Following brian d foy's great write-up of using Mojo::DOM selectors from Day 5, I thought it'd be fun to talk about some website migration scripts I recently built using Mojo::UserAgent and Mojo::DOM, in order to show some basic practical usage of these modules. I've never really used Mojo before, but I recently needed to migrate a website that hasn't had a redesign in about 15 years, and it seemed like a great fit for my content mangling needs. In the past I would have used regexes, and probably would have spent at least as much time manually massaging the input or output into the right shape as I spent writing code. Mojo::DOM made it easy for me, a Mojolicious beginner, to get the results I wanted really quickly.

From Static Site to Static Site Generator

The problem I set out to solve was taking an old static website that was once hosted on and migrating it to an exciting website. But, this time, it'll be a modern take on a static website. Instead of editing HTML by hand and using home-built page munging scripts that would do things like insert news items or changelog entries at the top of the content div using regexes, I'll be using a modern static website generator. There are several to choose from, including the well-known Jekyll, which is written in Ruby, Hugo, built with Go, and Statocles, which is in Perl and runs this site. For my project, I chose Hugo, for its speed and maturity.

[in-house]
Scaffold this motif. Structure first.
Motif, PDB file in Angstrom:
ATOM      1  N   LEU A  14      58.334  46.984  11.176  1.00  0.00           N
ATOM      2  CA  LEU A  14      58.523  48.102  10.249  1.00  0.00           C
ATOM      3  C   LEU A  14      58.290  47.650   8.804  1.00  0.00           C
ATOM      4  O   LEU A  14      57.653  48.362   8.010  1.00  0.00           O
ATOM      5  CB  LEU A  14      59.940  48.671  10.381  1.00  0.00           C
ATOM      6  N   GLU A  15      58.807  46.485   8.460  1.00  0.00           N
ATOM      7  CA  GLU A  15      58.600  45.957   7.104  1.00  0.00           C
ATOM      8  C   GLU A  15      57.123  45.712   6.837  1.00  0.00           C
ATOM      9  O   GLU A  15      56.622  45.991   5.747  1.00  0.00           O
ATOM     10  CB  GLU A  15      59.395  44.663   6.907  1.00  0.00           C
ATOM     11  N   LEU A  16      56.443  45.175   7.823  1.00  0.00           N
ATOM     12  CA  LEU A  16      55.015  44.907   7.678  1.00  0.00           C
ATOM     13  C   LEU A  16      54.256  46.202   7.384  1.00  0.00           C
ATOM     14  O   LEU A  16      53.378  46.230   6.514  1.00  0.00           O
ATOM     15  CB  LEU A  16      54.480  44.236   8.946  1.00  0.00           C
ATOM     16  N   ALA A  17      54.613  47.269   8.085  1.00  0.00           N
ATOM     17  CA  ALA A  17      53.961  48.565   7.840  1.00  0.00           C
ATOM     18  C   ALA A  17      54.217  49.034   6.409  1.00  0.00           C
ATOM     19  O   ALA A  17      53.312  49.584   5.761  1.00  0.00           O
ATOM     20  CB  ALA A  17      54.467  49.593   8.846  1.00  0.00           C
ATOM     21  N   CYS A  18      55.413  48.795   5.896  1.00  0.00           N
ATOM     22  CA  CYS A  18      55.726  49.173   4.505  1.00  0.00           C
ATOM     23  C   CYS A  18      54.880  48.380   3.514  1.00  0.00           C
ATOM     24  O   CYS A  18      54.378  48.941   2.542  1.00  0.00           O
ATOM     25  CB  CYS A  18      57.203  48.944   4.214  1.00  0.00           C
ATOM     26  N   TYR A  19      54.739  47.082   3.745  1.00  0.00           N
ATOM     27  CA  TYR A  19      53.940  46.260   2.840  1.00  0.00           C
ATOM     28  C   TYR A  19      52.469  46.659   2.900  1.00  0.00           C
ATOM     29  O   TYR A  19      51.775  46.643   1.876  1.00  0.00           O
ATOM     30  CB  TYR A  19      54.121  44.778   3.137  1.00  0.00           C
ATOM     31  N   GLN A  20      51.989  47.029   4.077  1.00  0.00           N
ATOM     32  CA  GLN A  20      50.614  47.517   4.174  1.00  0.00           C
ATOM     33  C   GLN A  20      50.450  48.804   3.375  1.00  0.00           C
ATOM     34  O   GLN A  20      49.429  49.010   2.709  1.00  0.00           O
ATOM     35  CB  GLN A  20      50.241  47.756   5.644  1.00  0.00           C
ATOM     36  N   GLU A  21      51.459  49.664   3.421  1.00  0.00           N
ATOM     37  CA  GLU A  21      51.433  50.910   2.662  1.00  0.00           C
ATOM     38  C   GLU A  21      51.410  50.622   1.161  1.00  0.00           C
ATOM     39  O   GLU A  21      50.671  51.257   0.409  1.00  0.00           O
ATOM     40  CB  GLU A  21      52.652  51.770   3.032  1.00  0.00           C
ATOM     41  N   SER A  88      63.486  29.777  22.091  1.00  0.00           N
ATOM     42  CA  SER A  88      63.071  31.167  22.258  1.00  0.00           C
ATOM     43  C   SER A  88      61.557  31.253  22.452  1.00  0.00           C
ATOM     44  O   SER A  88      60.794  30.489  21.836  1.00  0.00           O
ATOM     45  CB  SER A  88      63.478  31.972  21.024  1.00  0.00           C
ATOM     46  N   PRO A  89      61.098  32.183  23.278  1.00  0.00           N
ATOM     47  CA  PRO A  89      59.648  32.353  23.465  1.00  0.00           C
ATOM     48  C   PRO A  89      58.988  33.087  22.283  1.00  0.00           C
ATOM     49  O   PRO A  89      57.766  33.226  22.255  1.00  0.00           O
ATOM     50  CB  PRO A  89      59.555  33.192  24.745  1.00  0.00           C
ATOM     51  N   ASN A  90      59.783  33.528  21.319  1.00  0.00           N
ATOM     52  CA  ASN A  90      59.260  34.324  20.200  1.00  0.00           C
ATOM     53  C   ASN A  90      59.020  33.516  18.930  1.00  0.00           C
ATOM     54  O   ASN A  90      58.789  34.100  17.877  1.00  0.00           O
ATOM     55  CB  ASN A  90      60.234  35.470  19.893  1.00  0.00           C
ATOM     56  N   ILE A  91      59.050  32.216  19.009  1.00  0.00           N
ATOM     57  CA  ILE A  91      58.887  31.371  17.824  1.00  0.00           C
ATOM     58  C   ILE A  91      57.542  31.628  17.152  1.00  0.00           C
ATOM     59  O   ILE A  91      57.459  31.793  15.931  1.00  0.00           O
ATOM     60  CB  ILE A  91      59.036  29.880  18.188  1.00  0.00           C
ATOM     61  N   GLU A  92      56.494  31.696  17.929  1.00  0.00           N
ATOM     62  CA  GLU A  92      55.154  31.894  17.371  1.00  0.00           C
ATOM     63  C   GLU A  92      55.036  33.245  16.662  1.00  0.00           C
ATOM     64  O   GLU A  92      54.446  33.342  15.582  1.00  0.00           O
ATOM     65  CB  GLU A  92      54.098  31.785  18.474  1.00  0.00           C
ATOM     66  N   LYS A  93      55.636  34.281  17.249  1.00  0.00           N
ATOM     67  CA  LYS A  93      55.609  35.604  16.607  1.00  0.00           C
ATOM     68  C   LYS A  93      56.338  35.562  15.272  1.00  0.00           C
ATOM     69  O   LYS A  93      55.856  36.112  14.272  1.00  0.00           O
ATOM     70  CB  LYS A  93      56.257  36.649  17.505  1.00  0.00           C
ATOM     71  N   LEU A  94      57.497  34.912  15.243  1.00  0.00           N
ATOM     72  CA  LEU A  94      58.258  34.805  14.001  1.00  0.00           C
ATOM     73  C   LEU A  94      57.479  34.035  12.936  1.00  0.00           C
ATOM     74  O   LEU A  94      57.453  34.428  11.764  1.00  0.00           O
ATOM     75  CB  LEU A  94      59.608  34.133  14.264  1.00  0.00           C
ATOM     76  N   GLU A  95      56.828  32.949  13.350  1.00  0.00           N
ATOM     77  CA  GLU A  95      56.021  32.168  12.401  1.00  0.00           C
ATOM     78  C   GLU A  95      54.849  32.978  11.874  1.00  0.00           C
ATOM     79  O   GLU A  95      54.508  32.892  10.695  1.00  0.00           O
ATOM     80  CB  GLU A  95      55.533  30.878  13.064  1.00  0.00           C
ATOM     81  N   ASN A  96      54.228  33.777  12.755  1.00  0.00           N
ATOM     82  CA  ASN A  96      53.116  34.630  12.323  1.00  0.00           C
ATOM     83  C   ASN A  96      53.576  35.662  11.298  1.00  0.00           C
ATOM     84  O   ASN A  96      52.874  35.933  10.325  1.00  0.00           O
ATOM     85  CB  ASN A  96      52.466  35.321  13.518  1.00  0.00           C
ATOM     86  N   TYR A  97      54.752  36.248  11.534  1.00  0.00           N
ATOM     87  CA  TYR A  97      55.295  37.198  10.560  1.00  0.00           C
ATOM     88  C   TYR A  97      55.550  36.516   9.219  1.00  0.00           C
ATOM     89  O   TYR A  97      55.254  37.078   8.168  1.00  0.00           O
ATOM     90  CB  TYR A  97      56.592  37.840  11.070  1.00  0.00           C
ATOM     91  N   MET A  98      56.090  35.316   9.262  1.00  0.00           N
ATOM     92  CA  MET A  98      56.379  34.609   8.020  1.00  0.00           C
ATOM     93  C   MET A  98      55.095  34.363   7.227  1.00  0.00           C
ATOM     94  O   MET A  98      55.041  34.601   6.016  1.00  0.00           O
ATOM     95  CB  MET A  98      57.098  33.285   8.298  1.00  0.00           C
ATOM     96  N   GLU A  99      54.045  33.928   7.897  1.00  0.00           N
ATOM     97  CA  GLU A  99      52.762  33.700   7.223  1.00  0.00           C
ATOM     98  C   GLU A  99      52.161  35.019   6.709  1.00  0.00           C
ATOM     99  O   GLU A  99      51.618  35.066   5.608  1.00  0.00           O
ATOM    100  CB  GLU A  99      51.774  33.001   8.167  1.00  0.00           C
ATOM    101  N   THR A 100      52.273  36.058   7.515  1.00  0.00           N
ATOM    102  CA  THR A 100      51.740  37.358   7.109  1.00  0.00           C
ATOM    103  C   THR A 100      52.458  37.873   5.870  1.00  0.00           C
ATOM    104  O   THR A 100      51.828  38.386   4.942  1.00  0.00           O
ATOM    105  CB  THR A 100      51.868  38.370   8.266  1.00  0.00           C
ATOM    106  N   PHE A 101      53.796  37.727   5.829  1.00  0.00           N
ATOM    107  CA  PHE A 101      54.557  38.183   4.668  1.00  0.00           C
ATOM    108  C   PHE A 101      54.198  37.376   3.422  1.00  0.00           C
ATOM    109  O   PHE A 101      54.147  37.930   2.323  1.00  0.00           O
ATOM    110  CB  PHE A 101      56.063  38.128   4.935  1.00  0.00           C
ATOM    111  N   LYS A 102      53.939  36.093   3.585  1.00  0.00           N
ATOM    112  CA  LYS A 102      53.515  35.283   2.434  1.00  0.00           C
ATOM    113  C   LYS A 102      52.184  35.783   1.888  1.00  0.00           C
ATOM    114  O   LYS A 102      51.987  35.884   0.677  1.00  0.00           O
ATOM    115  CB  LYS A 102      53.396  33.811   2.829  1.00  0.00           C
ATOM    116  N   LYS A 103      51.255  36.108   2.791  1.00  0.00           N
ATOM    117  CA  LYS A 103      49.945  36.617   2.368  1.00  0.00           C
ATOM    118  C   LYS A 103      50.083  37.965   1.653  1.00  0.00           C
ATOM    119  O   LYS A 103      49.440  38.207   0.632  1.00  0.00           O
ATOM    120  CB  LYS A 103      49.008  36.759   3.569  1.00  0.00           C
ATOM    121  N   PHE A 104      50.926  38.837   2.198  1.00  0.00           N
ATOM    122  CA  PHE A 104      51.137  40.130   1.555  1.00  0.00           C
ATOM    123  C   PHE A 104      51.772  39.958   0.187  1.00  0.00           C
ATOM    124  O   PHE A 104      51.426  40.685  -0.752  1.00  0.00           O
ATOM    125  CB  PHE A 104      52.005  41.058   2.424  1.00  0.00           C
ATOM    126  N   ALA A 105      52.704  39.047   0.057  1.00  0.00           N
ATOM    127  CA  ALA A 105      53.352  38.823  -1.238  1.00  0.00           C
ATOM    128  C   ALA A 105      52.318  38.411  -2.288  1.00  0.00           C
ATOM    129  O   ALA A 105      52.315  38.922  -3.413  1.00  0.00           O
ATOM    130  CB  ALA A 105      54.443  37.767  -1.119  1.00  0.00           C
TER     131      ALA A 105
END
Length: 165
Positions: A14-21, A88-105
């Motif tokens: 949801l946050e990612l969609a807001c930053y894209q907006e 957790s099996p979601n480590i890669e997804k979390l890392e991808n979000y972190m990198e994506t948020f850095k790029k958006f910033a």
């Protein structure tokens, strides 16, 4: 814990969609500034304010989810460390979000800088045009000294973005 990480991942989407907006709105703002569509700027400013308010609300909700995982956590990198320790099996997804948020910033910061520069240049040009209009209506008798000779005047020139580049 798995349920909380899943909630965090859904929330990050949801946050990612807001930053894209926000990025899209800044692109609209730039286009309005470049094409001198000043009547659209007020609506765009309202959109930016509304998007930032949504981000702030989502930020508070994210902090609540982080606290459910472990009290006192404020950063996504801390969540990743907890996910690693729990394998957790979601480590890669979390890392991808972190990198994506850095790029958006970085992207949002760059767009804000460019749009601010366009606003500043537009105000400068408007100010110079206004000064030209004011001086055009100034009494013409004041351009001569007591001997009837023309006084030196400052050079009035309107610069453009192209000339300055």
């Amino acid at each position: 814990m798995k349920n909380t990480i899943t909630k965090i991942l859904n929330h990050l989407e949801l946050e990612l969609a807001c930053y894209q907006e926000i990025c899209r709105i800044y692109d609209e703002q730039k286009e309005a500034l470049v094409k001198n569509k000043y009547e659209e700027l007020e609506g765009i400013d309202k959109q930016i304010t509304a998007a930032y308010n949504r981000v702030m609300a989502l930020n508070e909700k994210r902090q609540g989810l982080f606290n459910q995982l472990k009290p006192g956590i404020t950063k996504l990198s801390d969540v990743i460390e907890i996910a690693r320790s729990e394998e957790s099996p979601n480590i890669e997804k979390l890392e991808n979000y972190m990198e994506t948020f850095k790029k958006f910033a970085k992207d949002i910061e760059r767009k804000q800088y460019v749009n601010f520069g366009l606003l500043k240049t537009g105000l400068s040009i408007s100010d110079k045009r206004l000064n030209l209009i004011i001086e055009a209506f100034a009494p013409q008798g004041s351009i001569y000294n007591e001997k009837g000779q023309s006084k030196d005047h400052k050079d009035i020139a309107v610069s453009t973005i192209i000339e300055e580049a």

Hugo, like most modern static site generators, expects content to be in Markdown format with some metadata at the top of the file. I want to convert our crusty old HTML, as you'll see an example of below, into something that looks a bit like this:

title: "Frobnitz 3.141593 released"
date: 2016-10-10
description: "This release includes a fog-flavored bauble of three equal sides, providing the restless..."
categories: []
aliases: []
toc: false
draft: false
This release includes a fog-flavored bauble of three equal sides, providing 
the restless digital spirits a brief respite from their painful awareness of

You can find the new version under the usual shadowy bridge.

So, to start out, I need to fetch the old site. I could have bothered the old maintainer of the site about it and gotten the original sources, but I decided just to fetch them from the web. One option would be to use wget or curl; the stuff we do later with Mojo::DOM can work with HTML from anywhere, including local files. But, it seemed simpler to do it all in Perl. So, we'll fetch a list of page paths, and then do stuff with them. Mojo::UserAgent does the hard work. The simplest example might look something like this:

use Mojo::UserAgent;

my $url = 'intro';
my $ua  = Mojo::UserAgent->new;
my $tx = $ua->get("example.tld/$url.html");

That's it! We just fetched a web page. You might be tempted to print out $tx to see what's in it (that's what I did, rather than reading the docs, at first). But, it's a Mojo::Transaction::HTTP object. We have to reach down through the hierarchy, first looking at the res attribute, which is a Mojo::Message::Response object, which has a body method:

print $tx->res->body();

This will display the response body with its HTML contents. But, that's not really very interesting. But, we can do much more interesting and powerful things very easily with a Mojo response.

CSS Selectors

The res response object provides a dom object, that gives the ability to select parts of an HTML document using CSS selectors. So, if I have a document with a #main div, I can retrieve just the contents of that div using something like:

my $main = $tx->res->dom->find("#main");